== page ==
Why Buy the More Expensive Sofa?
You know I love a beautiful, non-boring sofa. And with so many great deals on sofas out there, why buy the more expensive sofa when there’s a cheaper lookalike?
Here’s a little #realtalk from your designer friend Lesley.
Cheap sofas are cheaply made, and being cheap always ends up being expensive in the long run!
Quality is about so much more than looks, and what’s inside a sofa is what determines the price. That’s why two nearly identical-looking sofas (in photos, at least) can vary so much in cost. They might look the same in photos, but trust me, your butt and back can tell the difference.
I recently saw an Instagram post from a major home shelter magazine that featured two beautiful velvet sofas that looked quite similar. The question posed to their followers was, “Which is more expensive?“
So which sofa is more expensive?
The big reveal was, in fact, that one of the sofas only looked expensive but actually cost less than $1000. And the underlying message was clearly intended to imply that there’s no need to pay more when a lower-priced sofa looks exactly the same.
You guysssss. While yes, these two sofas may look comparable in photos, you cannot possibly tell from a photo how good the quality is! And your poor butt is NOT going to like sitting on a sofa that is cheaply made overseas from poor-quality materials in mass quantities. It’s easy to make something look good in a picture, but let me tell you a “sit test” will reveal how great (or rather, terrible) the construction and quality are.
What should you look for in a sofa?
I’m the first to tell you that choosing a sofa that feels awesome to you is the most important factor. Go shopping. Sit on a lot of couches. Get to know what you like – tight back, or loose back cushions? Firm foam cushions, or squishy down and feather wrap? Three individual seat cushions, or one long bench-style cushion?
If you wanna get technical about sofa stuff,
here are 3 important things to learn about before you go shopping (and impress the heck out of your friends and family!):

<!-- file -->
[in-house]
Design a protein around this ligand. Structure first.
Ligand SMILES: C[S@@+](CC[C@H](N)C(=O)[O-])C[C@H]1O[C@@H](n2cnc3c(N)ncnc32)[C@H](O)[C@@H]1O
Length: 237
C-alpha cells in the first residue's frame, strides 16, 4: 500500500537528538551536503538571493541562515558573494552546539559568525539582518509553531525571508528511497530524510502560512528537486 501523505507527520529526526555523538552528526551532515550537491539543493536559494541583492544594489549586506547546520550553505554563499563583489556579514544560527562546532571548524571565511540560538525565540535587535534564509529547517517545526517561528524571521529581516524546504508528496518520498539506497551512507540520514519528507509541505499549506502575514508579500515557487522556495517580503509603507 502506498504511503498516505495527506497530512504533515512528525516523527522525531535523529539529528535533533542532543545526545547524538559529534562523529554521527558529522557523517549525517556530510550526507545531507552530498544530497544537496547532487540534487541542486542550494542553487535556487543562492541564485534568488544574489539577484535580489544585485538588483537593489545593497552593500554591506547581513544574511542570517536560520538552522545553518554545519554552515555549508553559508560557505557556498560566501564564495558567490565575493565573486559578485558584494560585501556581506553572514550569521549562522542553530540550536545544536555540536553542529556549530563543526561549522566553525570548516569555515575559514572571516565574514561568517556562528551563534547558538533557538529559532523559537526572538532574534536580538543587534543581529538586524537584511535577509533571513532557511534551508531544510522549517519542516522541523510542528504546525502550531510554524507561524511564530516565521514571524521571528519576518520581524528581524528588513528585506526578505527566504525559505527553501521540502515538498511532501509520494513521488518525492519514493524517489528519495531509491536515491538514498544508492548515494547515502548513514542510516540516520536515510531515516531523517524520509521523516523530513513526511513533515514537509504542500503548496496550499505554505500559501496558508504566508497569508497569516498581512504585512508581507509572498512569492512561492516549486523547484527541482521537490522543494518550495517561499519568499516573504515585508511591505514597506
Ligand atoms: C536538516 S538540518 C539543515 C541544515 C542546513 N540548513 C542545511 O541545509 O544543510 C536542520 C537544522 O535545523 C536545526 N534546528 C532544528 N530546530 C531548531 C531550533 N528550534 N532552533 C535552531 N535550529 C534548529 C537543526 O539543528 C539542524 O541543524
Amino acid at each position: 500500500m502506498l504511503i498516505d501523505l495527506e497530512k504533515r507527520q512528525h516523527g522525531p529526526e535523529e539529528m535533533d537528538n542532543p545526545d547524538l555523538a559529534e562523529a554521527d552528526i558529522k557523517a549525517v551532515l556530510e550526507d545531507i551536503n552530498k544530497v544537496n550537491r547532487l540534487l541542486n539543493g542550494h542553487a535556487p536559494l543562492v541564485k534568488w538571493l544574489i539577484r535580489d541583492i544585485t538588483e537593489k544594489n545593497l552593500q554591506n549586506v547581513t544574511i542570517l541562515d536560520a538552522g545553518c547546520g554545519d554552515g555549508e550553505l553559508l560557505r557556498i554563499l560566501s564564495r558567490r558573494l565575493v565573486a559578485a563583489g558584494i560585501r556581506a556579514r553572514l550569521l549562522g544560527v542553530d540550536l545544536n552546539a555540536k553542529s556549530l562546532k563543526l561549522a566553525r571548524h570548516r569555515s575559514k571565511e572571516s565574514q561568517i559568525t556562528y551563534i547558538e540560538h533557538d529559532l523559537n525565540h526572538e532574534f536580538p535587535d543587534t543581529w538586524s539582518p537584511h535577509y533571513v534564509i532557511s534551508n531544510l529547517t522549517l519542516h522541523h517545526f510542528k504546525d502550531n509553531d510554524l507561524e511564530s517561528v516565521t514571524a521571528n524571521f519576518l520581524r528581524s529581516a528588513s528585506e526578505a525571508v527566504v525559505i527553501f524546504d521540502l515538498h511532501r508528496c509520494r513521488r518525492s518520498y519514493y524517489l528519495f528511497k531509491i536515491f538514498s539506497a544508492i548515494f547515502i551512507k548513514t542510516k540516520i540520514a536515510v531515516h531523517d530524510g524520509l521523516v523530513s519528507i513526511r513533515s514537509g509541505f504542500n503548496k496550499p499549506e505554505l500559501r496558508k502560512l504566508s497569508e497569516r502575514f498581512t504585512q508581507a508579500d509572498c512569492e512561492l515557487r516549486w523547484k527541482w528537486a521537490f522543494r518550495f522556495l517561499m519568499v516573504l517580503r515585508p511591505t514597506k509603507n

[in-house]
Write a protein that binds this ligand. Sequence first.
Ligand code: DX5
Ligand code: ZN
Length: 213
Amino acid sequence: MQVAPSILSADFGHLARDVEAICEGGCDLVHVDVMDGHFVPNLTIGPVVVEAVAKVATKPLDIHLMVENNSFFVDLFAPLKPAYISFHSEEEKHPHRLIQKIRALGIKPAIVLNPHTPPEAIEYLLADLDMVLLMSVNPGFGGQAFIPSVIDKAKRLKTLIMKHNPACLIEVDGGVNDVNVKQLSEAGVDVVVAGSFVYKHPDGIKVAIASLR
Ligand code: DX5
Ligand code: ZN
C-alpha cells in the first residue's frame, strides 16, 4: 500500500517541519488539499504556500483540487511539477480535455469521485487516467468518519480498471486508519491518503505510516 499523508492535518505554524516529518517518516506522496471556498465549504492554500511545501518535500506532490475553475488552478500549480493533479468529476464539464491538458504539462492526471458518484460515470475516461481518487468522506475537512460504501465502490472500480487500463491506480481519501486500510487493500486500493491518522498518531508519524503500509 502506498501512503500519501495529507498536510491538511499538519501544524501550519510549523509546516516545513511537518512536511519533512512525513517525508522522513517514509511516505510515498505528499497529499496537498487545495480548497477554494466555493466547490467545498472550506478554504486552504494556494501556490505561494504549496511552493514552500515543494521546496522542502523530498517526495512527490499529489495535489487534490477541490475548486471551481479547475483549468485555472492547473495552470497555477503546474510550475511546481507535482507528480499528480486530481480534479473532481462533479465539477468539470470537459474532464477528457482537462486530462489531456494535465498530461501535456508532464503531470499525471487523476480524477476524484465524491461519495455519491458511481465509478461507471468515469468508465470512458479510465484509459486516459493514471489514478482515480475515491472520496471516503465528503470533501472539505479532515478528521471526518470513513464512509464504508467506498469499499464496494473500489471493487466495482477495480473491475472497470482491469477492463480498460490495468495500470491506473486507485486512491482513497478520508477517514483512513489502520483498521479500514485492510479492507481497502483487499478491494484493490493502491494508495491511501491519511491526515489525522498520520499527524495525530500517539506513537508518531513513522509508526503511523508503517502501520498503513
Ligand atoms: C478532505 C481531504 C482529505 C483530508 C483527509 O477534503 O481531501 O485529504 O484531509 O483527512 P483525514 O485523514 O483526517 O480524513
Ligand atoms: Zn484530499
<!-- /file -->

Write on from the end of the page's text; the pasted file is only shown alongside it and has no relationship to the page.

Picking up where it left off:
- The Frame. The best quality sofas have frames constructed of kiln-dried hardwood, which retains its shape and remains stable for a long time. The joints are glued, dowelled, and screwed with reinforced corners. If a sofa is made of plywood or particleboard and is held together with staples, be wary.
- The Seating Support. Eight-way hand-tied springs and sinuous springs are the bomb-diggity for comfort and support. Web suspension isn’t as strong or sturdy on its own, and isn’t what I recommend.
- The Filling. You’ll likely notice most sofa cushions are filled with high-density polyurethane. (FYI, this is the good stuff you want to look out for! The higher the density, the firmer the cushion will be.) This foam can be wrapped in other materials like cotton, Dacron, or even super plush down feathers.
So, when it comes to sofas and upholstered seating,
When should you splurge and when should you save?
On upholstered furniture you’ll use often like your sofa, desk chair, and dining chairs, pony up and invest in the best quality you can afford. When you sit somewhere daily, you want it to be well-made, comfortable, and built to last.
And where to save? On upholstered furniture you won’t sit on frequently, like the bench at the foot of your bed, a chair in the entryway, or a living room accent chair that doesn’t see much action.
Don’t get duped by pretty sofa photos! Put your butt on that sofa and really put it to the test before you purchase. Suddenly, that cheap $1000 sofa doesn’t seem like such a great value any more.